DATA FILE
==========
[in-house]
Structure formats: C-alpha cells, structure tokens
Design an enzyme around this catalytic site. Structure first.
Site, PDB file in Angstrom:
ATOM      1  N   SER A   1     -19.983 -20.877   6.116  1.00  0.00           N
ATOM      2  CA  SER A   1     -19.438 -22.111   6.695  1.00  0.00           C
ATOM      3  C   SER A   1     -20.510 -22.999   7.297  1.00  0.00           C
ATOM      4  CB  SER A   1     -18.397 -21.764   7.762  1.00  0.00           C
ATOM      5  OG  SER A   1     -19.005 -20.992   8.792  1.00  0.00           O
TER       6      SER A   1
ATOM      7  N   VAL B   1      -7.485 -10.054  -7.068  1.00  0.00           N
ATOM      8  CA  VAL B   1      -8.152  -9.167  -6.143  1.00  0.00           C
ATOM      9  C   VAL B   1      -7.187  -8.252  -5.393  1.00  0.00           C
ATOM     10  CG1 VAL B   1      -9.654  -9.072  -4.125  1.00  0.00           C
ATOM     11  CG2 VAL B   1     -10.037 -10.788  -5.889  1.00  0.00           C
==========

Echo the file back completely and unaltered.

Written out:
[in-house]
Structure formats: C-alpha cells, structure tokens
Design an enzyme around this catalytic site. Structure first.
Site, PDB file in Angstrom:
ATOM      1  N   SER A   1     -19.983 -20.877   6.116  1.00  0.00           N
ATOM      2  CA  SER A   1     -19.438 -22.111   6.695  1.00  0.00           C
ATOM      3  C   SER A   1     -20.510 -22.999   7.297  1.00  0.00           C
ATOM      4  CB  SER A   1     -18.397 -21.764   7.762  1.00  0.00           C
ATOM      5  OG  SER A   1     -19.005 -20.992   8.792  1.00  0.00           O
TER       6      SER A   1
ATOM      7  N   VAL B   1      -7.485 -10.054  -7.068  1.00  0.00           N
ATOM      8  CA  VAL B   1      -8.152  -9.167  -6.143  1.00  0.00           C
ATOM      9  C   VAL B   1      -7.187  -8.252  -5.393  1.00  0.00           C
ATOM     10  CG1 VAL B   1      -9.654  -9.072  -4.125  1.00  0.00           C
ATOM     11  CG2 VAL B   1     -10.037 -10.788  -5.889  1.00  0.00           C